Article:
Discuss: Why are people drawn to conspiracy theories? In what ways could these conspiracy theories about covid-19 be dangerous? What can we learn from the way the false notion that the pandemic is a hoax went mainstream with the #FilmYourHospital hashtag? How can we work to stop such theories from spreading? Can people be inoculated against conspiratorial thinking? How?
Tracking the public using mobile data
Google announced on Friday that it had started publishing “aggregated, anonymized” data to help public health officials better understand how to reduce the spread of covid-19. The company’s covid-19 Community Mobility Reports portal provides a snapshot of activity (for example, pings from cellphones and other mobile devices that have Location History services turned on) based on this data for six general location categories — including parks, transit stations, workplaces and residences — compared with baseline activity on a corresponding day between Jan. 3 and Feb. 6.
Some countries have used such data to track and combat the spread of the coronavirus — some in aggressive ways that overtly infringe on individual privacy. South Korea, for example, sends text messages sharing the location history of individuals who have been diagnosed with covid-19. In Taiwan, the government has instituted an “electric fence” that notifies the police when someone in quarantine leaves their residence or turns off their phone.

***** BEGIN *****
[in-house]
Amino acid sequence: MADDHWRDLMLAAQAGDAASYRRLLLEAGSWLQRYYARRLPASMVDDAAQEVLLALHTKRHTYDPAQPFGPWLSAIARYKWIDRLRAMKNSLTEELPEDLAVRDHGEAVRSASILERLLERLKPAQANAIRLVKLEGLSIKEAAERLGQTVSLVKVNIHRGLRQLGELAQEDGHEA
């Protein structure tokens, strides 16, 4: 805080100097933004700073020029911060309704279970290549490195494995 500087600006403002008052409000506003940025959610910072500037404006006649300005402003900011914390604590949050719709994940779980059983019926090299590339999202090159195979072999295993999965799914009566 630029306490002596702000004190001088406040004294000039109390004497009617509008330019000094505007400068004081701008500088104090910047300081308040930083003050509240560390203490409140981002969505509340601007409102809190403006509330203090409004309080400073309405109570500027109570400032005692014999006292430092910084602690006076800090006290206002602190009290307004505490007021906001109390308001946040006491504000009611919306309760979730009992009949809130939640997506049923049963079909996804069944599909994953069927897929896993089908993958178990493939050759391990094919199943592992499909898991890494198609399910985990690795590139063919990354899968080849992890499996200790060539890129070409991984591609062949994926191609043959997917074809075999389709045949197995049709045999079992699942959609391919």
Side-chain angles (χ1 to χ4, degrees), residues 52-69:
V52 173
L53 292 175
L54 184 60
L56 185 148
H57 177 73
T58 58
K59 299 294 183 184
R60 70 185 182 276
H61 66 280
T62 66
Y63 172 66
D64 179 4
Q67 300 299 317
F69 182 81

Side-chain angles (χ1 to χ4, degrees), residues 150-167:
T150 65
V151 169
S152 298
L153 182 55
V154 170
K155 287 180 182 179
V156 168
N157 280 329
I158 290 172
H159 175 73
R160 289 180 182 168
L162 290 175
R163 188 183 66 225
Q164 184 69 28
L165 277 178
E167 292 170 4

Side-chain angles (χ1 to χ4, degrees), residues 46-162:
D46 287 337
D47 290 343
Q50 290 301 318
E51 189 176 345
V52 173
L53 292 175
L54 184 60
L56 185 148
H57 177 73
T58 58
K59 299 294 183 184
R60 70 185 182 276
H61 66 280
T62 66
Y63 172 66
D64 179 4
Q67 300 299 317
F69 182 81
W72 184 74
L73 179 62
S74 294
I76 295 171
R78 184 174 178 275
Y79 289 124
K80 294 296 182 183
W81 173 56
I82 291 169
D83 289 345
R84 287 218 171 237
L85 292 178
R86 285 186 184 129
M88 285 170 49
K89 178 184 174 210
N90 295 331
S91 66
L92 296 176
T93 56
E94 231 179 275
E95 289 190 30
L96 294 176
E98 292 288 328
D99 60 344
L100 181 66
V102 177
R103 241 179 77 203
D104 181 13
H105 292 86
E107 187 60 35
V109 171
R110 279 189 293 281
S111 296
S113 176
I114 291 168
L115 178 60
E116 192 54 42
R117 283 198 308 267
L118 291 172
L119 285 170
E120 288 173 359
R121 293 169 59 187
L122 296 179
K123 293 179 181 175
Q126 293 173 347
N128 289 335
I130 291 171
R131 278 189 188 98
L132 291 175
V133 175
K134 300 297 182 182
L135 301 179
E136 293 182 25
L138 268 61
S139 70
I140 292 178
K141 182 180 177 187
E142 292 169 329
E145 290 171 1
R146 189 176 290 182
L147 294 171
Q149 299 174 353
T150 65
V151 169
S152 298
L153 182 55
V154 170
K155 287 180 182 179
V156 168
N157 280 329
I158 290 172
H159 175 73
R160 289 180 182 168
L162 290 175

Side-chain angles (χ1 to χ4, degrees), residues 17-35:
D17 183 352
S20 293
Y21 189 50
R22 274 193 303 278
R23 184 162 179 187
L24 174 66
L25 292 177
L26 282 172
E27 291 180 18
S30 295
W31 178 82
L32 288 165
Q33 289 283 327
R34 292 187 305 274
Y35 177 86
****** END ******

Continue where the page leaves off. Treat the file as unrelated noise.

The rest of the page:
Note: In addition to Google, several other companies have released location data and analyses. On March 24, Tectonix, a data visualization firm, tweeted a map it had created with X-Mode, a location tracking services company, showing where vacationers went after visiting Fort Lauderdale, Fla., for spring break. New York Times reporters analyzed a location data set of 15 million cellphone users provided by Cuebiq, a data intelligence company, and published their findings on April 2 and 3.
Related: “Governments around the world are increasingly using location data to manage the coronavirus” (Kim Lyons, the Verge).
Discuss: How do privacy laws differ around the world? Is it ethical for advertisers to use location data to target consumers? Should governments make exceptions to privacy laws to fight the spread of covid-19? Is the release of aggregated, anonymized data — meaning that the tracked movements and contacts are not linked to an identifiable individual — ethical? Why or why not?